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Getting pre-social with events - a step-by-step guide to making your next tradeshow a winner before you even show up

Ah, yes. Tradeshows. Simultaneously the best and worst things about being in sales and marketing.

The name badges. The finger foods. The small talk. The free booze. Well, I guess tradeshows aren't ALL bad!

If you've been in the sales world or the marketing world for any length of time, either you or someone you know has attended a tradeshow. This blog will walk you through just how to set your business up for success with minimal effort on your part, so you can get back to grubbin' on those mini sliders and Stellas. 

SXSW Tradeshow Floor Action Ready Marketing Getting social with events

What to do before a tradeshow

Pre-show. You're getting amped up. You're booking flights. You're booking hotels. You're seeing what there is to do in your destination city. You're finagling dinner plans with partners, customers, and other vendors. All necessary. But what are you missing? Talking about actually going to the tradeshow. Here's what you need to do:

1. Set up a series of emails to go out to your client base, a list of attendees from years past or the current year if they'll let you access that. This should be no more than three emails, but no less than two. The first one should be an announcement... Just something short and sweet to the effect of "Hey, we're going to be at XYZ Tradeshow, if you're going to be there, we'd love to set up a time to chat!" (If you want to get really fancy, you can even set up an online scheduling tool where you input your availability and people can actually book appointments with you.) But the beauty of this? You, the solo warrior that you are, can do this for just about everyone at your organization. Setting up a drip email series is easy in something like a MailChimp or Constant Contact. If you have 4 people attending the tradeshow, get their permission, and set up 4 similar similar emails (not identical, you don't want the recipient thinking it's spam) to go out from the 4 different email addresses. This is a great way to get your name and brand out there. If you'd rather, just send from the brand and say something like "The Acme Co. is going to be at The Best Tradeshow Ever (TBTE) 2018! Come see us in booth 14!" Pro tip: Make sure it's coming from an actual person, as studies show people are more inclined to interact with emails that come from a person's name (i.e. Dave at Acme Co.). After that, schedule up 2 more emails. The next one giving them something they want. This might be a whitepaper you've created, a cool video, blog, or even just something silly for them to watch on the plane. This should go out just a day or two before the show. Finally, schedule up one email the night of the first day of the tradeshow. Say something like "I hope you had a great first day at TBTE 2018! Let's schedule a time tomorrow to meet." Tradeshow attendees typically run through emails after their obligatory dinners and drinks. This is a great way to lead into a fruitful day 2.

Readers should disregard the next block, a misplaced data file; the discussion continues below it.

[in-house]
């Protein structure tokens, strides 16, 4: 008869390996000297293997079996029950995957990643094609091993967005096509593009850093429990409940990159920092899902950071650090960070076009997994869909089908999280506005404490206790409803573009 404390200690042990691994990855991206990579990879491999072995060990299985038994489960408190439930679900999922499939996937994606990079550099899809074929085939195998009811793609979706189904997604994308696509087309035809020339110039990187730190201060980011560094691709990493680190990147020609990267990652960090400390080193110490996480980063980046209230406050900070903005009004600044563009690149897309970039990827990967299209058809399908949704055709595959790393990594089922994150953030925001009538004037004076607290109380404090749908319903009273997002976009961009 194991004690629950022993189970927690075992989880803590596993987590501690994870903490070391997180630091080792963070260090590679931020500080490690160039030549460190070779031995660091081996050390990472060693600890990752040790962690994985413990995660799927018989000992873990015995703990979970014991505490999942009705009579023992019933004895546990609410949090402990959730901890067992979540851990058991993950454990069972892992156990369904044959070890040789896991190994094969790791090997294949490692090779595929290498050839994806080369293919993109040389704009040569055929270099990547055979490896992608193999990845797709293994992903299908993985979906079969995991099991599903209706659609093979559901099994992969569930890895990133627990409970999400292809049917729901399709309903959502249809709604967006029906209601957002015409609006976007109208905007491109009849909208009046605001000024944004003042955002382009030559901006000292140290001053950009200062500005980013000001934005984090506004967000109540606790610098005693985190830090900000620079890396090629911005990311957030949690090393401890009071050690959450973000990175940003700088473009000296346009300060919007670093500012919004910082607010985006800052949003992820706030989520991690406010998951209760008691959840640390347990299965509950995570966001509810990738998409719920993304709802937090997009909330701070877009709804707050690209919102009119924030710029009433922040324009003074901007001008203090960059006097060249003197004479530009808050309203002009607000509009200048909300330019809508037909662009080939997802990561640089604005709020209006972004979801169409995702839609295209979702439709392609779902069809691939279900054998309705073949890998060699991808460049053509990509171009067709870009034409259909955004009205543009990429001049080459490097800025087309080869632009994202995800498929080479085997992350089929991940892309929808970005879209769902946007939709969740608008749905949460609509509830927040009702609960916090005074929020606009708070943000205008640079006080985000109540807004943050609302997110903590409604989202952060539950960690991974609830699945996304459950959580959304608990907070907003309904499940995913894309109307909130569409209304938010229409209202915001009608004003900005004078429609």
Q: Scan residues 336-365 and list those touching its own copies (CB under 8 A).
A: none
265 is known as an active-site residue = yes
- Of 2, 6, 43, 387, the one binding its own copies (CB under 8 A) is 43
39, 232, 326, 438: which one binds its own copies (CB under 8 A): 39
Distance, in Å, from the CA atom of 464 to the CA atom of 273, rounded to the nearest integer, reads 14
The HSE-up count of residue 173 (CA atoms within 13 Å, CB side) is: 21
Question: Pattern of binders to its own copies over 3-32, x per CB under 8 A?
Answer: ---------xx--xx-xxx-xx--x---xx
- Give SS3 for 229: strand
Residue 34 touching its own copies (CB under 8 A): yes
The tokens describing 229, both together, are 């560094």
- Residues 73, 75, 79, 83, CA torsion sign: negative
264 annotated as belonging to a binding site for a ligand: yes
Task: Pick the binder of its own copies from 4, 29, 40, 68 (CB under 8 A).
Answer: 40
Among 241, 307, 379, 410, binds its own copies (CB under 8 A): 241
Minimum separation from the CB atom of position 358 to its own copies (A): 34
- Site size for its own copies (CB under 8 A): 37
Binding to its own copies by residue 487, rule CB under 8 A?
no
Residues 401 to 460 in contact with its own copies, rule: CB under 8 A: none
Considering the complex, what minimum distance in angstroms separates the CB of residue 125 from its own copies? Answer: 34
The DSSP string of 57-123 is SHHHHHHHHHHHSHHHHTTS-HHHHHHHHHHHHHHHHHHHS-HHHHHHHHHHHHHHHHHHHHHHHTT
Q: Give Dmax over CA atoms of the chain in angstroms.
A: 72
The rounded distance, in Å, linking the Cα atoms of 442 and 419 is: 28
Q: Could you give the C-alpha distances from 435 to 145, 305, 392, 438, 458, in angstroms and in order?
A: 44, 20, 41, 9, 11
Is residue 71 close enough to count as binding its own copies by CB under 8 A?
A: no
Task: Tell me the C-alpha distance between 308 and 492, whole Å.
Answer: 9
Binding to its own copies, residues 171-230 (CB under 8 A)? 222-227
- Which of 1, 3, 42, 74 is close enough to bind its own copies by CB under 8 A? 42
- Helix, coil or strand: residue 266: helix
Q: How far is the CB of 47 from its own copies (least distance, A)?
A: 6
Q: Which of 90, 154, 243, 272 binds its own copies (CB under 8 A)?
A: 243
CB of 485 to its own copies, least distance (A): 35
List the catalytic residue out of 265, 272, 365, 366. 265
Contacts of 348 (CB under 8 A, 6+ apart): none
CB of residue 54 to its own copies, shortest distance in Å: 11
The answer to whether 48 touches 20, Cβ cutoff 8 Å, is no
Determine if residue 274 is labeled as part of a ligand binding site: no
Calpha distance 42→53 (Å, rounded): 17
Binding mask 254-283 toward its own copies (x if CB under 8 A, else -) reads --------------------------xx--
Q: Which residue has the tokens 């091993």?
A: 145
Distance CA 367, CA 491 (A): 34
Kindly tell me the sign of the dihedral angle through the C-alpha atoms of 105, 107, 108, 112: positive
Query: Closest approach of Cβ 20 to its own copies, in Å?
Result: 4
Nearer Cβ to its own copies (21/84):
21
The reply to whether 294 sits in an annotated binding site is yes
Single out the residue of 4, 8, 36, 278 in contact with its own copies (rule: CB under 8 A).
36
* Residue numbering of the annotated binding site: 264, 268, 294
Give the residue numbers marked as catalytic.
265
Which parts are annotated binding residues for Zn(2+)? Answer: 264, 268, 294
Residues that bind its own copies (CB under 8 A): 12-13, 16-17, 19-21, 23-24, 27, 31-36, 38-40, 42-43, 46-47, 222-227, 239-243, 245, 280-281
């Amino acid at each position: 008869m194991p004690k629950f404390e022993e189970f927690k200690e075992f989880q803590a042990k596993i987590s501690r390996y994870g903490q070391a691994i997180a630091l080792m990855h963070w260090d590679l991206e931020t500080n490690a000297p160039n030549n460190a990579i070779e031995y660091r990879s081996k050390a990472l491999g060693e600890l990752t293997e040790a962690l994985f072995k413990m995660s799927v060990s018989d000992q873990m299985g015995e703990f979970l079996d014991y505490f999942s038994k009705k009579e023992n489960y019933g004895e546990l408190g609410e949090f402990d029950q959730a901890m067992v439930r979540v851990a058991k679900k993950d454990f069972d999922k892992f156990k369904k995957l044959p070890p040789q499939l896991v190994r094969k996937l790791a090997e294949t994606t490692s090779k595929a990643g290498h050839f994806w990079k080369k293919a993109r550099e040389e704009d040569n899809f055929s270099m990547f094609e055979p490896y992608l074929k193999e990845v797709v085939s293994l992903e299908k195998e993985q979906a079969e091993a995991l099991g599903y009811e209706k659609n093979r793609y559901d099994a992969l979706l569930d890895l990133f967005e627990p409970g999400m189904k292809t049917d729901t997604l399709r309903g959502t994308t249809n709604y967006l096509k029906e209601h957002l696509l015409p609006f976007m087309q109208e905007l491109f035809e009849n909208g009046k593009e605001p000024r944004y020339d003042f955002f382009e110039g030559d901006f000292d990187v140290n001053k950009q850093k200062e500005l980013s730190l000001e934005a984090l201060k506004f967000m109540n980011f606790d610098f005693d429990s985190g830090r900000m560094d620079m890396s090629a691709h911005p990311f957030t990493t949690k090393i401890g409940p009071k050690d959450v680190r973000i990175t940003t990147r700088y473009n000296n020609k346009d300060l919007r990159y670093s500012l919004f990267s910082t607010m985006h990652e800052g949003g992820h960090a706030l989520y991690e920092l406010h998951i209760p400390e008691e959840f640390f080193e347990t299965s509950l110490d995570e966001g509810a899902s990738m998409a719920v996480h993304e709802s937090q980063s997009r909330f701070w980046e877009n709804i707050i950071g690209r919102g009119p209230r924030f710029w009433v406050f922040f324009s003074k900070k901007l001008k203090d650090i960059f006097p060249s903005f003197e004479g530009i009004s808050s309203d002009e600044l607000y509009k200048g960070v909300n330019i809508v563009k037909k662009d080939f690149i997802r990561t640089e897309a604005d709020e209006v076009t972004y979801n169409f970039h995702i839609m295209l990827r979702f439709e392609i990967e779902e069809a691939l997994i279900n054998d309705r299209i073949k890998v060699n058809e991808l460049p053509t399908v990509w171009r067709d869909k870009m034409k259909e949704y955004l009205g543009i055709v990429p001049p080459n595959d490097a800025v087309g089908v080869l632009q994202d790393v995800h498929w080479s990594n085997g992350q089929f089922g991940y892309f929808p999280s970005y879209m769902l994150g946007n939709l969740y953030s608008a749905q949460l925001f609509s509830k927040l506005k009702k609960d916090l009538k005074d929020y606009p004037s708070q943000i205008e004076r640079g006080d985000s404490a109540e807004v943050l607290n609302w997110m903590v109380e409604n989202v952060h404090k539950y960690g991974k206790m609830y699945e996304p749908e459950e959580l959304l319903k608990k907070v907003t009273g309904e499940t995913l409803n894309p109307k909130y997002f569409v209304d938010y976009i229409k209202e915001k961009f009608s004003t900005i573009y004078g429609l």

2. Schedule up social posts. Similar to your emails you've scheduled up, hit LinkedIn. Draft at least 2 messages, put them in your email, notes, save them in a Word doc or whatever works for you. The first post should be just announcing your intent to be at the show. Short & simple... Are you going to be at TBTE 2018? So will I! Let's connect. And put some image. Likely the image of the logo of the tradeshow you're going to. This will catch your network's eye as they're scrolling through their LinkedIn feed.  Then, after you get settled in at the show, Day 1, post a photo of your booth, table, or a selfie with a caption that reads something to the effect of "At TBTE 2018, Booth 14... Come say hey!" 

3. Get something "else" out there. If your company does press releases, get a press release out. If you blog, get a blog out. This will trigger your brand's name in the news or on any RSS subscribers, or even Google Alerts that people (probably customers or competitors) have set up. This would be the icing on the cake leading into the tradeshow.

In all, these three things shouldn't take more than an hour or two of uninterrupted, heads down work. Or contact us today for help! We will help you make the most out of your next tradeshow.

Ryan Williams